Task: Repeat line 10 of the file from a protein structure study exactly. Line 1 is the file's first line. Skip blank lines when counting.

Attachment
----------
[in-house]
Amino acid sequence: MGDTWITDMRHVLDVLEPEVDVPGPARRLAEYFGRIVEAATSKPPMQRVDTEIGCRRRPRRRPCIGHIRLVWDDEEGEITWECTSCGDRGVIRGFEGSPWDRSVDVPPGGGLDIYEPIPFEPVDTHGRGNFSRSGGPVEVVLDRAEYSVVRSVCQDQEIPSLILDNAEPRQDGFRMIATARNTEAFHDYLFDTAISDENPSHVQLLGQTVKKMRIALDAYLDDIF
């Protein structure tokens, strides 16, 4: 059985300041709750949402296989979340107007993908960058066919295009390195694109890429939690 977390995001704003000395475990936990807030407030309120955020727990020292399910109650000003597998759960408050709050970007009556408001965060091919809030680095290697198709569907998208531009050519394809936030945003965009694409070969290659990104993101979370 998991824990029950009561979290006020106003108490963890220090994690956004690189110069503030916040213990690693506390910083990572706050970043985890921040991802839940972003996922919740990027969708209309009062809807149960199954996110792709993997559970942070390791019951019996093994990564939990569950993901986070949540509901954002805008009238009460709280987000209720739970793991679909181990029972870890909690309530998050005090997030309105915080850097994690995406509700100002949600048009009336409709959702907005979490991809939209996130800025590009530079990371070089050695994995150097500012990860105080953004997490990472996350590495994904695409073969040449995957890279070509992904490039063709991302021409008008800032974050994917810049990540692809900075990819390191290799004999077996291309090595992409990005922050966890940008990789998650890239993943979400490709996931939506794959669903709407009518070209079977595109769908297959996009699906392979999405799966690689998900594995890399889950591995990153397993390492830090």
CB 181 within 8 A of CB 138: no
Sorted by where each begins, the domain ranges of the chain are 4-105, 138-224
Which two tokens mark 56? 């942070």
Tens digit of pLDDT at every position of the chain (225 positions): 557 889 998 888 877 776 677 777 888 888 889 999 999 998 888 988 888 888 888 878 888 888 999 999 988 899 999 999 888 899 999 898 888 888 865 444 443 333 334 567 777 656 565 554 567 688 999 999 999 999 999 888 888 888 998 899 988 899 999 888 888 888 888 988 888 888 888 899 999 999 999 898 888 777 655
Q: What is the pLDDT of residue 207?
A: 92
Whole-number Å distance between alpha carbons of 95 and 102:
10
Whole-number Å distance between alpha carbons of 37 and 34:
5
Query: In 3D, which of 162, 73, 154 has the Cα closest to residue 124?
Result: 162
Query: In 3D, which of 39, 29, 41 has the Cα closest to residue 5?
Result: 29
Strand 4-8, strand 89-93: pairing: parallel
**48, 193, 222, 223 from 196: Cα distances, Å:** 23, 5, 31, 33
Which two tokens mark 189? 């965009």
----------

Whole-number Å distance between alpha carbons of 95 and 102: